AIBL to pay FTC a US$23 million settlement in Sanctuary Bay Scam; foreign investment could be at risk

Saturday, September 28th, 2019

Belize’s Atlantic International Bank Limited’s (AIBL) involvement with the real estate development Sanctuary Belize has been resolved to the tune of US$23 million under a proposed consent order issued on Tuesday, September 24th. The payment will settle the Federal Trade Commission (FTC) allegations that AIBL assisted various related entities connected to Sanctuary Belize in deceiving several U.S investors in the fraudulent scheme. These monies will be used to provide compensation to more than 1,000 investors affected by the scam.

As part of the settlement with FTC, AIBL was ordered not to conduct any future business, meaning that the bank is to close for good and is to relinquish all assets paid, transferred, or assigned. Furthermore, no other person or entity is allowed to re-license the bank. Liquidator Julian Murillo confirmed that the settlement resolves all allegations against AIBL and recognizes the liquidation process under the U.S Chapter 15 Bankruptcy Laws. In a press release, Murillo stated that the settlement reached is in the best interest of the bank’s depositors and creditors. The process will provide the ability to dispose of the bank’s loan portfolio without hindrance and protracted legal process and costly legal battle with the FTC in the courts in the United States of America (USA).

Sanctuary Bay Belize

Is Foreign Investment at risk in Belize?

The impact of the Sanctuary Belize scam has extended to foreign investment, as local entities depending in some way on foreign business are beginning to face difficulties. The San Pedro Sun spoke to several companies dealing with foreign businesses, who feel that in one way or another, there has been a decrease in sales and interest in investing in Belize. This can be attributed to increasing difficulties in offshore banking. Some businesspeople indicated that scandals such as Sanctuary Belize has tarnished the reputation of the country and has made potential foreign investors become a lot more cautious.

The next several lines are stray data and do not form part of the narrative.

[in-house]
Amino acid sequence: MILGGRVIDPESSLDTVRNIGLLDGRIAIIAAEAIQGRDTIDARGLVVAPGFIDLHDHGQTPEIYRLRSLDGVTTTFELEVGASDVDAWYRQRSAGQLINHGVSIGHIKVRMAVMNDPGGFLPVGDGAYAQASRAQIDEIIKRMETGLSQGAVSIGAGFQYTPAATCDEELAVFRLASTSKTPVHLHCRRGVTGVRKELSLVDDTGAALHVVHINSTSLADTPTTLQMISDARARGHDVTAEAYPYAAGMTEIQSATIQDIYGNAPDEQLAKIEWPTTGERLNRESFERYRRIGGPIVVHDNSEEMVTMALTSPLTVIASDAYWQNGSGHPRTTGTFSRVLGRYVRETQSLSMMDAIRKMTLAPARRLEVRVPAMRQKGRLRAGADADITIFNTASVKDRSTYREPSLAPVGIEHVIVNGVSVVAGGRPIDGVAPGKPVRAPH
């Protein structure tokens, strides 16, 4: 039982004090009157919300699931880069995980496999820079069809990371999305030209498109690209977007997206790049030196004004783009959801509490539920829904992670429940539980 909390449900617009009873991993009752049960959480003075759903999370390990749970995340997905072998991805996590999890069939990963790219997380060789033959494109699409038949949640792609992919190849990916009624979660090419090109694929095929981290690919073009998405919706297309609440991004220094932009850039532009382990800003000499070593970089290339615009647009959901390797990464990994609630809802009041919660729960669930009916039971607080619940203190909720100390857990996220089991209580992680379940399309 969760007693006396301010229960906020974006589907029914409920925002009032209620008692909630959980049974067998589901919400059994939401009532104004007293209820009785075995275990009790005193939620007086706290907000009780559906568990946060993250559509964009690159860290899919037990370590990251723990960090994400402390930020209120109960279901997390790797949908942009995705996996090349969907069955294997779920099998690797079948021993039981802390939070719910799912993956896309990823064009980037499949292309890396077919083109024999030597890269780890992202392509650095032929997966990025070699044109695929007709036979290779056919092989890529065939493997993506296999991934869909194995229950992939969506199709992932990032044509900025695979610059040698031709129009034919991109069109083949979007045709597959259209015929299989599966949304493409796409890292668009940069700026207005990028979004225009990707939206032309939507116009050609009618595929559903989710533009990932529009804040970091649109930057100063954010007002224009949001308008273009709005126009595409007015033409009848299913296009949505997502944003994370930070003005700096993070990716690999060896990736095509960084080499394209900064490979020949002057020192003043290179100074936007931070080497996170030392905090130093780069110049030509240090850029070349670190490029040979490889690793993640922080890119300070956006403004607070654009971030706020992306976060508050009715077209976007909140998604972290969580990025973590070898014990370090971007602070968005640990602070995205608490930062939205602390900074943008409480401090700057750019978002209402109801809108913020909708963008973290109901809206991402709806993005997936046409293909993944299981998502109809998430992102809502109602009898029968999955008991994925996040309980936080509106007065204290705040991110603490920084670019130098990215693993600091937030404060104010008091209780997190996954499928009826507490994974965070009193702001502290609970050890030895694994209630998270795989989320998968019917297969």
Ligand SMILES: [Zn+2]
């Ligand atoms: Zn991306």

The Central Bank of Belize shared with The San Pedro Sun via an email that while AIBL does not acknowledge any violation of U.S law, the settlement agreement with the FTC brings an effective conclusion to the issue. In regards to the foreign sector, they said that foreign investors should be assured that Central Bank is committed to ensuring the stability and wellbeing of Belize’s financial system. When it comes to Belize’s offshore banking system, they believe that the issues affecting AIBL resulted from practices specific to that bank. “It will not impact other institutions in the financial system,” they emphasized. The Central Bank added that they are satisfied that all other financial institutions meet the mechanisms that it imposes to guard against financial contagion.

Prime Minister Right Honourable Dean Barrow, in his Independence Day speech on Saturday, September 21st, said that no AIBL contagion had spread to the financial sector. He said that the issue did not affect any other Belizean banks, domestic or offshore, as the government and the Central Bank moved fast to deal with the consequences of the FTC charges against AIBL. “So, while it was impossible to save AIBL itself, the overall sanctity of our banking sector was preserved, and our jurisdiction spared any further ramifications,” said Barrow.

The lawsuit was reportedly filed on March 8, 2019, and involves a group of 18 persons, who along with other property owners are hopeful to help the investors that were affected in the real estate scheme. The amount of money pumped into the purported luxury real estate development is considered to be over US$100 million. The scam was allegedly led by Andris Pukke, who promised investors luxurious parcels of land fitted with lavish amenities. The FTC also filed court documents alleging the involvement of Cabinet ministers and even Prime Minister Barrow. Barrow immediately called a press conference on July 9, 2019, to deny the allegations and further threatened to sue the local media if they attempted to publish any of the said allegations against him.

The Sanctuary Belize case is still pending and is expected to begin in late January 2020 in a Maryland court in the USA.


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